Book Reviews

M. M. Trumbull
1893 The Monist  
THE MONIST. dethroned the old fate that was supposed to rule the affairs of men and pointed out the importance of knowledge, for through knowledge we can learn to regulate our fate ourselves. The philosopher who thought little of well-being, of EVTVX'IO., and demanded above all a well-doing, an ev nparTEiv (" Memorabilia," III, 9, 14, 15,) did not recommend asking soothsayers questions where we should better ask ourselves, although it is probable that he recommended the Athenians to apply to
more » ... ians to apply to the Delphic oracle instead of relying upon omens not so much because he believed in prophesies, but because he thought that they would be influenced by the authority of this venerable institution whose wisdom and conservative spirit were beyond question, so that good advice could be expected from it. Karl Joel, accordingly, advises us to read the " Memorabilia" with an inversion of the points, viz., to convert the sentences qualified by " although " and " t o be sure" into the main sentences and vice versa. In this way we shall be able to distinguish between the pagan orthodoxy of Xenophon and the rationalism of Socrates. Why does Xenophon not state directly and simply (1) Socrates advised his friend to ask the oracles in all cases of uncertainty, (2) manticism is indispensable in the economy of a household as well as of a state, and (3) the gods have not granted us any real knowledge as to a final success and reveal it through special revelations. Why must he add long sentences introduced by " although " ? He adds to (1) that everybody ought to act solely according to his own conviction, to (2) that all the trades up to the highest professions had to be learned before practiced, and to (3) that those who inquired at the oracles for things which could be learned and studied in the usual way are crazy and even blasphemers. This sketch may suffice to characterise the book which is much better than could be anticipated after a perusal of the preface, which almost induced us to lay it aside unread. It is not the modesty of the author which produces a prejudice but the random talk concerning things which neither a reader nor a reviewer will care to know. The author has apparently no talent for writing prefaces, and he would be wise to omit them in the future entirely. The book might be very much condensed, repetitions avoided, and an alphabetical index certainly should have been added. It contains_/?w hundred and fifty-four pages ; and the author says he is preparing a second volume. We think it would have been better for his views if he had expressed them in a pamphlet. xpf.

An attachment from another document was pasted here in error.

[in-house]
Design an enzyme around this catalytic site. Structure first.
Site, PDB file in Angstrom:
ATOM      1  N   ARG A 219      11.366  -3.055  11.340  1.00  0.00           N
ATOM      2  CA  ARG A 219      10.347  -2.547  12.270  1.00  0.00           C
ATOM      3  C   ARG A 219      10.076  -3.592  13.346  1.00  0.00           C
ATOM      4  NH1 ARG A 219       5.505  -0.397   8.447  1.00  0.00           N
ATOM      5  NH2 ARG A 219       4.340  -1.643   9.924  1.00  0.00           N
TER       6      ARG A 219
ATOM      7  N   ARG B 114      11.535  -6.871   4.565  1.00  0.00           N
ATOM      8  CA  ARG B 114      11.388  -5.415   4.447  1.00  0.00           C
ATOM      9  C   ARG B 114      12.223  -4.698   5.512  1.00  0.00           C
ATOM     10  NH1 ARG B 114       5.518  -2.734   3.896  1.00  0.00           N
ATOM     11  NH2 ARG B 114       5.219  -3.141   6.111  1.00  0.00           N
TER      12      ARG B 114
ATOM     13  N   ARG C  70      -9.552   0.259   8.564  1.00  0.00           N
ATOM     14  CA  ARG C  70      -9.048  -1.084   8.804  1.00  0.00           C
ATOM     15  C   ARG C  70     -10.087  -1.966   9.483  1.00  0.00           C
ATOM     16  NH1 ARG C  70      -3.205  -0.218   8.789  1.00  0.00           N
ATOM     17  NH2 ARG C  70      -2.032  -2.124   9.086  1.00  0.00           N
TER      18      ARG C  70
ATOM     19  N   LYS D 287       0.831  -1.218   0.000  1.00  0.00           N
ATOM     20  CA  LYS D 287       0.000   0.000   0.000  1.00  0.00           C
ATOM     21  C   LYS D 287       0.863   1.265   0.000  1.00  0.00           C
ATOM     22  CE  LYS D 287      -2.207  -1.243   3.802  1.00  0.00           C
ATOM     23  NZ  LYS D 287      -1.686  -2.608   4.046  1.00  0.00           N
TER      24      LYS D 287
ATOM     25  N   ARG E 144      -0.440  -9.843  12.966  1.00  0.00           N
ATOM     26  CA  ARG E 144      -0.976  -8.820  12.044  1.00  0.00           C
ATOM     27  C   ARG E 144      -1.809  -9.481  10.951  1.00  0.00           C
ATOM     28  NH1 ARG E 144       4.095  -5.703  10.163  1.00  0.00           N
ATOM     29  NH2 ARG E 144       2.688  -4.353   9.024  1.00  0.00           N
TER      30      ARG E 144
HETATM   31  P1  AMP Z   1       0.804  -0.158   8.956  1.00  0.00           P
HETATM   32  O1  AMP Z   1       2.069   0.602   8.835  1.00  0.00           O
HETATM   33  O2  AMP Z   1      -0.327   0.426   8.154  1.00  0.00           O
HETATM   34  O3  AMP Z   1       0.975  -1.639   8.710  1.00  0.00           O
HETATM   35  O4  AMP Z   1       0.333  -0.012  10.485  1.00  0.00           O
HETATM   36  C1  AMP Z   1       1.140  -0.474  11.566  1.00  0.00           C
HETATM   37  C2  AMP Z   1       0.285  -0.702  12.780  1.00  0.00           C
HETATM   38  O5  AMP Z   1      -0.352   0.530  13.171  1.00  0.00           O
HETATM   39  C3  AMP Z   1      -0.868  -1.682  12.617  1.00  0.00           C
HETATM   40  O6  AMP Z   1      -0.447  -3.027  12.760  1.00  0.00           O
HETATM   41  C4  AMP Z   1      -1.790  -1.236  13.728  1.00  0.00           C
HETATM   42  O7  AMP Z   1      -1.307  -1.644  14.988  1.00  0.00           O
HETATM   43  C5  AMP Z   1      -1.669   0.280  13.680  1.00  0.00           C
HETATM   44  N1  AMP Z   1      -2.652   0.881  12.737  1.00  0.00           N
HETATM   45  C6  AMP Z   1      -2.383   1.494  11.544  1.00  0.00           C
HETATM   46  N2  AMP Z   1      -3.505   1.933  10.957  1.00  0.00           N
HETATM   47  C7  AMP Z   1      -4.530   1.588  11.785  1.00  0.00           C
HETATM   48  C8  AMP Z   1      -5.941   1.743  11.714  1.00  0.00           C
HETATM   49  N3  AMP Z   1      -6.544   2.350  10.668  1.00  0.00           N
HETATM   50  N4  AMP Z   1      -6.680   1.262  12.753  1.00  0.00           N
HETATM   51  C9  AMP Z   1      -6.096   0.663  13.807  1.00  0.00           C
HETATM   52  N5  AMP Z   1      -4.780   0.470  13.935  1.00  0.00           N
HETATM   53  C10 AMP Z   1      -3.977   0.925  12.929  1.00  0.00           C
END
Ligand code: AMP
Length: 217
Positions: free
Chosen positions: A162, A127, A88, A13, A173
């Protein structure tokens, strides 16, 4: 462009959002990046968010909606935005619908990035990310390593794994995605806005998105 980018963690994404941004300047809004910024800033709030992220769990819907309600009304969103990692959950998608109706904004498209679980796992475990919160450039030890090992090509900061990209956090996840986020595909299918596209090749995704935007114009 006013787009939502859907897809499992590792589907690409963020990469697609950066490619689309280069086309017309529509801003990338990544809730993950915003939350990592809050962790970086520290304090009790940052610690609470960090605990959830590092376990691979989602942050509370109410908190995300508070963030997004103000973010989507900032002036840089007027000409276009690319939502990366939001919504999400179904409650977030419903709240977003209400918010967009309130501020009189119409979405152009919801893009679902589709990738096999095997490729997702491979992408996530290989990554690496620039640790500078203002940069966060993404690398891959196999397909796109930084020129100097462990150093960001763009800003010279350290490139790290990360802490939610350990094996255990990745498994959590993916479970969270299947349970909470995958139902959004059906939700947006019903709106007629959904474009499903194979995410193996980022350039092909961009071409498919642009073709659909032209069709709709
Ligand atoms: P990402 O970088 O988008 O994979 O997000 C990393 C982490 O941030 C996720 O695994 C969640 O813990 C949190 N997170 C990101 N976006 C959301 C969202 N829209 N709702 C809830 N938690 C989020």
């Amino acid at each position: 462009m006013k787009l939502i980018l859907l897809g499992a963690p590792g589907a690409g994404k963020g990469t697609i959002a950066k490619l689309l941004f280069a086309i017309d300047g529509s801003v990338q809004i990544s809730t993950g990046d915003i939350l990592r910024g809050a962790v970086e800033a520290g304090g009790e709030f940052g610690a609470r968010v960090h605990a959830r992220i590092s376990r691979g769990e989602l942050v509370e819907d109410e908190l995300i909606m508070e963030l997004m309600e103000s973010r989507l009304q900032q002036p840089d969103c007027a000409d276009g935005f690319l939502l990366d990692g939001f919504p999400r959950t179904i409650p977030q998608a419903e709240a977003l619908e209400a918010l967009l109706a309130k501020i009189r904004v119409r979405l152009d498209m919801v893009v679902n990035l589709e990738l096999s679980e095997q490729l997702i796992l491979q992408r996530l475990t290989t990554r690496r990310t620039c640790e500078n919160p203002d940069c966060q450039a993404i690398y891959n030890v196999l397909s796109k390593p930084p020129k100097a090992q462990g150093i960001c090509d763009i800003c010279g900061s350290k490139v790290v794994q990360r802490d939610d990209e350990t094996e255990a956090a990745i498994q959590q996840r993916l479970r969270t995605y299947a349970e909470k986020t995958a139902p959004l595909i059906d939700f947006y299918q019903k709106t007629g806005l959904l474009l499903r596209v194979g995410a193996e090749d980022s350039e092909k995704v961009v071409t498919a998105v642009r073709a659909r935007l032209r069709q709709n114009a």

doi:10.1093/monist/3.3.482 fatcat:ejy5vuv42vgvpccair35txpvxq